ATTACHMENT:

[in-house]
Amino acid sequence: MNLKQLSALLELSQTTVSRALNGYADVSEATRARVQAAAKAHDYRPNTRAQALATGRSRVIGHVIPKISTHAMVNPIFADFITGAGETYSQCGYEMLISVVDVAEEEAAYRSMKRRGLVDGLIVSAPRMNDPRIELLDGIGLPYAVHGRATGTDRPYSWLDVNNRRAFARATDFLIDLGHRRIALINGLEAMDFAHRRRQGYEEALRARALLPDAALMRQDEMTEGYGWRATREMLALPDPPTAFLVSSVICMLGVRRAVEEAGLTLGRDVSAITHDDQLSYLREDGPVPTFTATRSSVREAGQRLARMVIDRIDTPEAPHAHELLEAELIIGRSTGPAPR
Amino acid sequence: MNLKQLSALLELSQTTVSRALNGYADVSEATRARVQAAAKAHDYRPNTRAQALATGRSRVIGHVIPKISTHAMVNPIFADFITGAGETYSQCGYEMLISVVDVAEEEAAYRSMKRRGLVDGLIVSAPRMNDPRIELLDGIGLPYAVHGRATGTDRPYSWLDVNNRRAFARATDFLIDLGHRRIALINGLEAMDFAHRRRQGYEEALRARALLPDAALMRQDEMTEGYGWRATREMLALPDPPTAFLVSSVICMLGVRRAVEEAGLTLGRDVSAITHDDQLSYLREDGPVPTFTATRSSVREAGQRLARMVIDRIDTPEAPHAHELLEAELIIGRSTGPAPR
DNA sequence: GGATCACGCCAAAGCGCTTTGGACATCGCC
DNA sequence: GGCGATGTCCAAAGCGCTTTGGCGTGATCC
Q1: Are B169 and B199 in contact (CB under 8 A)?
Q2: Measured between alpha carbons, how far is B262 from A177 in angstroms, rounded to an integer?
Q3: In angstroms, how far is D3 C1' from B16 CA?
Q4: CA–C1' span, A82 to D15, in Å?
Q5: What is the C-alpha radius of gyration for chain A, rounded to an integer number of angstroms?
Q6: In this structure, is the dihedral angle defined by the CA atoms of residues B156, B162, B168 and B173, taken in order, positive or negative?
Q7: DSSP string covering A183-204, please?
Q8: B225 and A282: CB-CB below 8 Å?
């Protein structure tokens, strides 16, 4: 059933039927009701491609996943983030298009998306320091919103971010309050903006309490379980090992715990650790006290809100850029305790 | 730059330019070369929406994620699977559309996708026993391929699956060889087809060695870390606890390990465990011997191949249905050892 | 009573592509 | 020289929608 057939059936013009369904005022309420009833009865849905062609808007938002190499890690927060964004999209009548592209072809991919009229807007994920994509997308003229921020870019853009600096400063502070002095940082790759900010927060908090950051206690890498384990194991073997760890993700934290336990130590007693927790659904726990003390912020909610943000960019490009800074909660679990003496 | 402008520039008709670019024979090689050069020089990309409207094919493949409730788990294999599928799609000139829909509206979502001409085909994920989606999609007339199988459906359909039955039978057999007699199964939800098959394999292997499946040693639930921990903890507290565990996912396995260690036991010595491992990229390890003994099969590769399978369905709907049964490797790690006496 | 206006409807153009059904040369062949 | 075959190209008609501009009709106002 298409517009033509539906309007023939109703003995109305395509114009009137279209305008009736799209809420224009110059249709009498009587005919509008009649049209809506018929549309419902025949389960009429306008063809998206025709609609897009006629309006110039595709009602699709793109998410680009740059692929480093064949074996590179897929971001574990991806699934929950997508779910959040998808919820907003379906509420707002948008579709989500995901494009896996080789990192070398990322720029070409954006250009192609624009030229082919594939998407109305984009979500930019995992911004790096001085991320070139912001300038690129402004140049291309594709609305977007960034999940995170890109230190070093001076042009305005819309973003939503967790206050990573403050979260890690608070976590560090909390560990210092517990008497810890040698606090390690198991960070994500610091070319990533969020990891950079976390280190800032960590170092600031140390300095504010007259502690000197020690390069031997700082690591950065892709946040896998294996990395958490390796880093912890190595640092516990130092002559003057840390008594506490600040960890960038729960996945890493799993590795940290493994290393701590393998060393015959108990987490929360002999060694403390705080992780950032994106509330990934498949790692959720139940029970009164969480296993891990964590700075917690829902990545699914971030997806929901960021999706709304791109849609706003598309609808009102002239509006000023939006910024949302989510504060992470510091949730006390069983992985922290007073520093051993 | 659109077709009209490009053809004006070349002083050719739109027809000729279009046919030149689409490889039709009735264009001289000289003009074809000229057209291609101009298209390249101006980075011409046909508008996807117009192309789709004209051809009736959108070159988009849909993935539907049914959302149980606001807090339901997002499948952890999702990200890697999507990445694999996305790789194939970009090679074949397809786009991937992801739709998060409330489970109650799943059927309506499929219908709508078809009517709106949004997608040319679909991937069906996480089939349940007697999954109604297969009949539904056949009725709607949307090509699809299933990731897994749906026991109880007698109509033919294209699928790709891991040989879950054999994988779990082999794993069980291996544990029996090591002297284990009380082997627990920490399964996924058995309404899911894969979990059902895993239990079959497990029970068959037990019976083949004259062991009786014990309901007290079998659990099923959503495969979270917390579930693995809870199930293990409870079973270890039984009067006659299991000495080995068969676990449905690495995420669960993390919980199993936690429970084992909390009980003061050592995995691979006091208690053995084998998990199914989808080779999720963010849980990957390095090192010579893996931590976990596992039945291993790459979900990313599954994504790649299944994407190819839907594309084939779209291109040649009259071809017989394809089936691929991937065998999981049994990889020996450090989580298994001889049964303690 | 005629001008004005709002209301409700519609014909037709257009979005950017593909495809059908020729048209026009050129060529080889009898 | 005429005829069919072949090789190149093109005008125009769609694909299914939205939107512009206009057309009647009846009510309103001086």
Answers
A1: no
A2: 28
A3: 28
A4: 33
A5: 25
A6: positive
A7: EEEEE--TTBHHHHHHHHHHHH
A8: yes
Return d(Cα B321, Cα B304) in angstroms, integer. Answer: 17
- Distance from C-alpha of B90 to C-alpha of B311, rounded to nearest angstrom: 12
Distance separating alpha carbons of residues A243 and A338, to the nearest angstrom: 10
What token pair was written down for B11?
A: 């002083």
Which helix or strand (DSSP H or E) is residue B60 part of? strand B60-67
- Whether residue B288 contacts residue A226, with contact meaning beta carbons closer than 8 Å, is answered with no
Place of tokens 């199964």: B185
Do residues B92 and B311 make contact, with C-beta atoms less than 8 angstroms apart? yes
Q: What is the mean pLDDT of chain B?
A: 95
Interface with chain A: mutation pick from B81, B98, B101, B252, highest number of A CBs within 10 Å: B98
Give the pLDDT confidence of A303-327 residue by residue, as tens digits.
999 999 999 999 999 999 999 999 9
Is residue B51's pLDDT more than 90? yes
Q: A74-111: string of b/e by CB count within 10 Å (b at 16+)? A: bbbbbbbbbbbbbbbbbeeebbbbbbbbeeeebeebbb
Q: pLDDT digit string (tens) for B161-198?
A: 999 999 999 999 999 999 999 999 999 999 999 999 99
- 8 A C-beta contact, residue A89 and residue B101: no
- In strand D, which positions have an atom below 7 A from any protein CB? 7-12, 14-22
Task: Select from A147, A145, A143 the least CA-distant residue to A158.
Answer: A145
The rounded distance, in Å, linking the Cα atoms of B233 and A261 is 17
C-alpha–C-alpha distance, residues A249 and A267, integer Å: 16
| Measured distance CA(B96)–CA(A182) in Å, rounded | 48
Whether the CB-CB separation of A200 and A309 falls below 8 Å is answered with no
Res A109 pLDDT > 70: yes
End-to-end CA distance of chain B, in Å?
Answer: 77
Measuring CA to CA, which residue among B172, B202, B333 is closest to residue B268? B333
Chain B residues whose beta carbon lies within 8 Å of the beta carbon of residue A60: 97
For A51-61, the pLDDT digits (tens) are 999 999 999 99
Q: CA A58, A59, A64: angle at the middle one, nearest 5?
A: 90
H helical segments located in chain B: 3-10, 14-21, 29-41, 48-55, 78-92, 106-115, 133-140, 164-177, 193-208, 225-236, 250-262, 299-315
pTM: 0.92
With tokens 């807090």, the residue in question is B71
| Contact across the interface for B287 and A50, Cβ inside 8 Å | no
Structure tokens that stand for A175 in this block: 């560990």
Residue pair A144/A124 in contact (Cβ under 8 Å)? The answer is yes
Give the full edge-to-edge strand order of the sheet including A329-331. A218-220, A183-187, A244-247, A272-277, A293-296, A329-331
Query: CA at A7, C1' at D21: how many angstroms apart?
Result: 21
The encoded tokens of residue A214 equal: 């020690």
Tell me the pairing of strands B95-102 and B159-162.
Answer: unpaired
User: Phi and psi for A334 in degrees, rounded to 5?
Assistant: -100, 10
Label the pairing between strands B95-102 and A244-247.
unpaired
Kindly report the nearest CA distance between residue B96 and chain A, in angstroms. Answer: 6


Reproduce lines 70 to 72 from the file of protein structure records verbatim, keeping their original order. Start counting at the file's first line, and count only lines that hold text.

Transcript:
User: Phi and psi for A334 in degrees, rounded to 5?
Assistant: -100, 10
Label the pairing between strands B95-102 and A244-247.